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J Hum Genet. 2000;45(4):212-7.

Genomic structure and chromosomal mapping of the human site-1 protease (S1P) gene.

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Department of Molecular Biology, Nippon Medical School, Kawasaki, Japan.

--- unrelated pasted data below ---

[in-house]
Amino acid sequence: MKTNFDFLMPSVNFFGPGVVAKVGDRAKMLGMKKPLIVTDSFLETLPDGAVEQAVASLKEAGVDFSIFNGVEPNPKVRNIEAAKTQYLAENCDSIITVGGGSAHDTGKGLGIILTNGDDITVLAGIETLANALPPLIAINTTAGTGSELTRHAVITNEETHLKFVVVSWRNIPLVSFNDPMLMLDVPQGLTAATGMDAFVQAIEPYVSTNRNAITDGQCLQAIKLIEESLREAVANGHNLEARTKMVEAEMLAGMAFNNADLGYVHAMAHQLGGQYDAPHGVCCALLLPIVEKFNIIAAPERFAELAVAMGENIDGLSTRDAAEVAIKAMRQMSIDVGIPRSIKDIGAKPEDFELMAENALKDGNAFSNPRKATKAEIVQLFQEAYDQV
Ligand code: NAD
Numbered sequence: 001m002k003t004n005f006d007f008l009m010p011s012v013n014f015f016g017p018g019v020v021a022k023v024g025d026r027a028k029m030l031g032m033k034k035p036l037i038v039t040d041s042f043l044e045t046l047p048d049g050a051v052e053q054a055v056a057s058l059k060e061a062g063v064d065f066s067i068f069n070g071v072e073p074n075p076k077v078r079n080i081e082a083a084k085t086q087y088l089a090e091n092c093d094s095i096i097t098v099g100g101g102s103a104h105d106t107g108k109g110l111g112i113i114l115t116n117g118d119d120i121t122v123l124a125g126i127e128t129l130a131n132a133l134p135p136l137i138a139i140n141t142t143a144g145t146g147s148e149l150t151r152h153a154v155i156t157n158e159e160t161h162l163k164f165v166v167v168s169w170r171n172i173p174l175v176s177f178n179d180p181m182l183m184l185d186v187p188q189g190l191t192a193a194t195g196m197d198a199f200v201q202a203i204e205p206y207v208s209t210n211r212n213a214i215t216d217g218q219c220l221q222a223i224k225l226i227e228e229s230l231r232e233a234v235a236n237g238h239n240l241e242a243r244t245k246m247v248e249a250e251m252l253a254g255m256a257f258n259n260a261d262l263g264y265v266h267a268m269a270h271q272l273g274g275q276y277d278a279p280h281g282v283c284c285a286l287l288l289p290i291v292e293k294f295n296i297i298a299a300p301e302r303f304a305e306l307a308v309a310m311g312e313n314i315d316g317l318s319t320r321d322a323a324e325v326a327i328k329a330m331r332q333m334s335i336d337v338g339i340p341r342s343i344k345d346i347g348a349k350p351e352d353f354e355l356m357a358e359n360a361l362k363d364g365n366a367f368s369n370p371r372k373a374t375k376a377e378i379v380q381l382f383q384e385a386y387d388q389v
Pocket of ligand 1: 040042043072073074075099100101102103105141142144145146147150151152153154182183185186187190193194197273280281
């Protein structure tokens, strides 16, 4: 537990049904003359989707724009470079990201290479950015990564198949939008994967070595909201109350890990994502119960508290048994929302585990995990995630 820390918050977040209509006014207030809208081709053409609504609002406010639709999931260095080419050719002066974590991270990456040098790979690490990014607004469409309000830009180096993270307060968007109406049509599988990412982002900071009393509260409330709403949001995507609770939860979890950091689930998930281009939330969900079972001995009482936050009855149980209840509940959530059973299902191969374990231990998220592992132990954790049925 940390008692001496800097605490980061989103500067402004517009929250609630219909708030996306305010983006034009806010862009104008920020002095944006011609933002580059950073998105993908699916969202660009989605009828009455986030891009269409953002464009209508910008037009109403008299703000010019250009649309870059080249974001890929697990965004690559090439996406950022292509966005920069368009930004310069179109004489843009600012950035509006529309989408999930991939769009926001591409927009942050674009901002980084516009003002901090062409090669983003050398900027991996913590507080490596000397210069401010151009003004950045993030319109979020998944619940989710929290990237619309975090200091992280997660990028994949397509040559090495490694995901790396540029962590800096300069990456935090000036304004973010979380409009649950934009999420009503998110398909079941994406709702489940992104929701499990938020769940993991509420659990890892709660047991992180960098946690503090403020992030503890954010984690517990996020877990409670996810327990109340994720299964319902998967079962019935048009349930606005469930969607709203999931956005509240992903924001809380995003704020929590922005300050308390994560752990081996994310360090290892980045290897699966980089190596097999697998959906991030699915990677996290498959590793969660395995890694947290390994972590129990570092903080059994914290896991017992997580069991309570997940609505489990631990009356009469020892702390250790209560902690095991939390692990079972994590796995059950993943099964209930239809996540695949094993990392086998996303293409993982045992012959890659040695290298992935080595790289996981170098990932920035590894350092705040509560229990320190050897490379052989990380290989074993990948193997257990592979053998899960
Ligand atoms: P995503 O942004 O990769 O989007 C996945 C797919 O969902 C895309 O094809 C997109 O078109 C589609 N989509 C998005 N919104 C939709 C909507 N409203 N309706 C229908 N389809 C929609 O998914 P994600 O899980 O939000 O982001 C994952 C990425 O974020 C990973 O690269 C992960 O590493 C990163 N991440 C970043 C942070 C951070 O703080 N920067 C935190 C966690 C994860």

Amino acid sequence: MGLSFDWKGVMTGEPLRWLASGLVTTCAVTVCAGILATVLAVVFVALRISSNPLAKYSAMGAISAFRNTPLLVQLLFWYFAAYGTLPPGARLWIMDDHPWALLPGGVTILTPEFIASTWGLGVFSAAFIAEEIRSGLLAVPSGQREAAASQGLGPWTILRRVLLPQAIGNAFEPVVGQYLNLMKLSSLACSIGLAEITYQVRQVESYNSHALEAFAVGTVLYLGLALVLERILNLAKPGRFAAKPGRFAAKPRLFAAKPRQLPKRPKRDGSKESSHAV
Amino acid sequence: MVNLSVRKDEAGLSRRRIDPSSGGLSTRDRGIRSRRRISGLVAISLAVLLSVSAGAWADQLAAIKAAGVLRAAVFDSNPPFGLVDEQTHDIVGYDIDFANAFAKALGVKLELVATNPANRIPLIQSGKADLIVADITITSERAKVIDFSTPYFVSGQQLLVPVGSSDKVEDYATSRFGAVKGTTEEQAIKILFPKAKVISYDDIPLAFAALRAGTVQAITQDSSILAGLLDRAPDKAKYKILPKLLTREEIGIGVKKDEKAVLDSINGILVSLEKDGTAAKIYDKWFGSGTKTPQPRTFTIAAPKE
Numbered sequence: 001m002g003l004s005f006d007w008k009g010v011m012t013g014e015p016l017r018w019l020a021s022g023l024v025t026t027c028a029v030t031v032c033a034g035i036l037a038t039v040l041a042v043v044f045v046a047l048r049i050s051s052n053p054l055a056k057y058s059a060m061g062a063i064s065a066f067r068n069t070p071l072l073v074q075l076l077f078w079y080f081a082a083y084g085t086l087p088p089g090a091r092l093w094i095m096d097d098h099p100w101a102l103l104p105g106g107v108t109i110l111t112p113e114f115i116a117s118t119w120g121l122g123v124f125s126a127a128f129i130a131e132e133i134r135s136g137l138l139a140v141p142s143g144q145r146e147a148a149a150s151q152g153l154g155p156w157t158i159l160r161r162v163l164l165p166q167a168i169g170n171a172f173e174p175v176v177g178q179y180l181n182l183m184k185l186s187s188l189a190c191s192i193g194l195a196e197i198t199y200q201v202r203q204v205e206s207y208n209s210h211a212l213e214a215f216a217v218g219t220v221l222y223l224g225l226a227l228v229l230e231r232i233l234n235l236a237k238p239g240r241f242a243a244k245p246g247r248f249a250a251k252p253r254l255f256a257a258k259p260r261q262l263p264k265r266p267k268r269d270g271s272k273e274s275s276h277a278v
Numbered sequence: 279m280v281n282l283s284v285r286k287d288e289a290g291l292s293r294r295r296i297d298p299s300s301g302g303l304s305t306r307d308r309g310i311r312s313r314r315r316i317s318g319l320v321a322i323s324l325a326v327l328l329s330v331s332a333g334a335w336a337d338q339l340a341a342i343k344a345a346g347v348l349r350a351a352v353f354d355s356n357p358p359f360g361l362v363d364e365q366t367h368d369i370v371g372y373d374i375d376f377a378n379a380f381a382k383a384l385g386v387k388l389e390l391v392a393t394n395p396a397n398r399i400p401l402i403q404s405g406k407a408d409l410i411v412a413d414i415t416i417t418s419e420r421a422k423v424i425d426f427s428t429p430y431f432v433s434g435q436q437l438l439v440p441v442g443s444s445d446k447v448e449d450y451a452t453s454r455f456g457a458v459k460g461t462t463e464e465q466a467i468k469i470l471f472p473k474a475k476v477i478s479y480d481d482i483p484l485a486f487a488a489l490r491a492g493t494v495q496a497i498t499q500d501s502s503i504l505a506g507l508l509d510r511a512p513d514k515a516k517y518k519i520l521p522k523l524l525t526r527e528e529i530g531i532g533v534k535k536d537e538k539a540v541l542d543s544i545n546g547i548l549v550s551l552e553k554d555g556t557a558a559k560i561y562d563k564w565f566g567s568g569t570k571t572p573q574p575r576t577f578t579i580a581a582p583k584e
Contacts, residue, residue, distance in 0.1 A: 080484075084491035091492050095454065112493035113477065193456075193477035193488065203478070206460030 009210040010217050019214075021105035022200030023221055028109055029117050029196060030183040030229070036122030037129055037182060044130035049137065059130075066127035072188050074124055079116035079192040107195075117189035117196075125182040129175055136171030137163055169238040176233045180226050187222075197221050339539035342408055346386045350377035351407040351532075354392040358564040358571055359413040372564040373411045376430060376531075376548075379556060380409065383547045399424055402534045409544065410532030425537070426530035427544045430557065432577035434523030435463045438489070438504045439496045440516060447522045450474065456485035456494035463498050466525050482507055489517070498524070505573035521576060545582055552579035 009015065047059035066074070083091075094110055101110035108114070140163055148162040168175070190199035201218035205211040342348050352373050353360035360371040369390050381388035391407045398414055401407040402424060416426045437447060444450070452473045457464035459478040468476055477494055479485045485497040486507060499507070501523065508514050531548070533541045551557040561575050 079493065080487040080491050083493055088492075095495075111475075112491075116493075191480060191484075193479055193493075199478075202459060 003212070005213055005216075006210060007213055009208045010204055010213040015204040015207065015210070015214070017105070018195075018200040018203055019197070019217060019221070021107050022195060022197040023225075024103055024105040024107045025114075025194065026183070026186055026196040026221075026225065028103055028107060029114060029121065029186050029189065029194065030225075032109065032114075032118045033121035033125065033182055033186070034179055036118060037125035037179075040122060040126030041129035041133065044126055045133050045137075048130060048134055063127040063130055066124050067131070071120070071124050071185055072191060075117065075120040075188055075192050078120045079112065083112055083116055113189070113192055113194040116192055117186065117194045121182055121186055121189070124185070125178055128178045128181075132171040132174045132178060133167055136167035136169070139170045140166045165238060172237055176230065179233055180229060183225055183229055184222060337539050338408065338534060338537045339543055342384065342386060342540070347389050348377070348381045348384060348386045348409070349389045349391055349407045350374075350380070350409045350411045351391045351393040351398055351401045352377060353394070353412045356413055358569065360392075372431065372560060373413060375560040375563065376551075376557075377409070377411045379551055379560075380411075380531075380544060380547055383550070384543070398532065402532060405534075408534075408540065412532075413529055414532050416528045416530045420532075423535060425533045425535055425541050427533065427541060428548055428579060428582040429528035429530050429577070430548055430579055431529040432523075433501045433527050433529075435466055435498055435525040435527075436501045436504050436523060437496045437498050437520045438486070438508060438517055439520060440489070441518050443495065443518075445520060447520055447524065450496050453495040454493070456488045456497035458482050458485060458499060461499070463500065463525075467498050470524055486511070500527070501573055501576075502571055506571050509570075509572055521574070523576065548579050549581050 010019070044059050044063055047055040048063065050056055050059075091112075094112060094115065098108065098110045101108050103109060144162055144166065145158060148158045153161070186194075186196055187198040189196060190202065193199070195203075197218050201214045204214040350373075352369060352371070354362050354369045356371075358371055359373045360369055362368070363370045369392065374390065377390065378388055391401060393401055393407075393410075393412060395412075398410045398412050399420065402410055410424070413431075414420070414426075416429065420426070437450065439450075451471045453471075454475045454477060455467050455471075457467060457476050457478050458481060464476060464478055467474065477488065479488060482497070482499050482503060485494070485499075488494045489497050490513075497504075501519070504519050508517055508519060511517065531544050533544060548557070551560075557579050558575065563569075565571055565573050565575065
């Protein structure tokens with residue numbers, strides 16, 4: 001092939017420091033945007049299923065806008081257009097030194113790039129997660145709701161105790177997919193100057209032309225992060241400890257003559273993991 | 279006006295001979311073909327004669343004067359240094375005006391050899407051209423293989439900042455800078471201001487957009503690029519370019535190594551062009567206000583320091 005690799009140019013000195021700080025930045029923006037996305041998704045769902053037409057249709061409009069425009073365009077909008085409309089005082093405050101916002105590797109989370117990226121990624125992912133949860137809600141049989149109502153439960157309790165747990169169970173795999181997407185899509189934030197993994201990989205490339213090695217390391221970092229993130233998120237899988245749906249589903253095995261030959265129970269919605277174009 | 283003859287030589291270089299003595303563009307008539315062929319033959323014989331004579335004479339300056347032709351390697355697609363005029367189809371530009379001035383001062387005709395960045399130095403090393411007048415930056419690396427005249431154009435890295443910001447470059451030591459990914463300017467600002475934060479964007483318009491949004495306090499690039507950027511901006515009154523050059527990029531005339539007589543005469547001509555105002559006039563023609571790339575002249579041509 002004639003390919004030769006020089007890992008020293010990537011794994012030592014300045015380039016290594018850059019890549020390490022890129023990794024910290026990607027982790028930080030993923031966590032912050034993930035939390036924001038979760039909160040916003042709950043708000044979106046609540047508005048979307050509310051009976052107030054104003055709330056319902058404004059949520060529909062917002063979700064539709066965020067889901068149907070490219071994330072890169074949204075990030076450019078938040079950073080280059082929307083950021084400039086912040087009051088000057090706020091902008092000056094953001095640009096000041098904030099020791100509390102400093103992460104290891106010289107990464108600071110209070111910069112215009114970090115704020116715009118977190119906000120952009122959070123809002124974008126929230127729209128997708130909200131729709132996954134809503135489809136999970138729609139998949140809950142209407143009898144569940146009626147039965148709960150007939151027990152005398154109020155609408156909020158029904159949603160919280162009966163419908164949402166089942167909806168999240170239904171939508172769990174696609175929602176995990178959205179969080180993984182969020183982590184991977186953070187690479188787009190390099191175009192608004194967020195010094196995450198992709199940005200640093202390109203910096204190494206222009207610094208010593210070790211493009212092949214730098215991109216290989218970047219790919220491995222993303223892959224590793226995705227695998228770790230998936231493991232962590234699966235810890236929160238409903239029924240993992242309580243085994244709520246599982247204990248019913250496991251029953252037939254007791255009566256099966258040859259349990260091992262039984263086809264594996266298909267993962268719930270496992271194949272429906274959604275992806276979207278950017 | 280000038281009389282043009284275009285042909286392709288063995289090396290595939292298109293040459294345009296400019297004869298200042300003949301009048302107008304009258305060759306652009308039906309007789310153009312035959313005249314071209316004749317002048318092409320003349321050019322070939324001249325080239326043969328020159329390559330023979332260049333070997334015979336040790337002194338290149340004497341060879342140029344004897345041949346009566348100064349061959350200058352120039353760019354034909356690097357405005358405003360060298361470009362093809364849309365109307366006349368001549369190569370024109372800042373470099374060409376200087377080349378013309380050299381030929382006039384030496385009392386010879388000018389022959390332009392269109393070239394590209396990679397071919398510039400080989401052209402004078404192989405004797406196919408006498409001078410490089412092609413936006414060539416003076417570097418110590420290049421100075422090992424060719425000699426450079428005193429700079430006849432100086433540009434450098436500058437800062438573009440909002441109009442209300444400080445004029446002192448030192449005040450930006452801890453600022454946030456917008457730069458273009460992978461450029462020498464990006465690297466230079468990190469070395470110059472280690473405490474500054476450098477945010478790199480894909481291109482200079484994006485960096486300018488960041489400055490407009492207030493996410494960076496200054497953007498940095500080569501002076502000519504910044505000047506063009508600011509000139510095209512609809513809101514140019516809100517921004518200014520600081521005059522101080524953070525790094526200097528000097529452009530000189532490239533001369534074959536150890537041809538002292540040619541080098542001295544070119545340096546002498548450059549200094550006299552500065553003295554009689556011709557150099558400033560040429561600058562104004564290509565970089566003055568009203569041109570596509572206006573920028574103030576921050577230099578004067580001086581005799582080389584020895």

Site-1 protease (S1P) is a subtilisin-related enzyme that cleaves sterol regulatory element-binding proteins (SREBPs) in the lumen of endoplasmic reticulum, thereby initiating the release of transcriptionally active NH2-terminal fragments of SREBPs from membranes. In the experiments reported here, we localized the human S1P gene to chromosome 16q24 by fluorescent in situ hybridization and radiation-hybrid mapping, and determined its genomic structure. This gene is more than 60 kb long and contains 23 exons and 22 introns. Its transcription-initiation site within exon 1 is separate from the initiation codon in exon 2. Analysis of the exon/intron structure revealed that the S1P gene consists of a mosaic of functional units: exon 1 encodes the 5' non-translated region; exon 2 encodes the NH2-terminal signal sequence; and exons 2 and 3 encode the pro-peptide sequence that is released when S1P is self-activated by intramolecular cleavage. Exons 5-10 encode the subtilisin-homology domain that is critical for catalytic activity, and exon 23 encodes the transmembrane region. Analysis of the putative promoter region revealed a highly G/C-rich region containing a binding site for ADD1/SREBP-1, as well as Sp1 and AP2 sites. Therefore, expression of the S1P gene may be under the control of SREBP-1, a key regulator of the expression of genes essential for intracellular lipid metabolism. Our data establish a basis for investigations to detect molecular variants in this gene that may alter levels of plasma lipoproteins and/or otherwise disrupt intracellular lipid metabolism.

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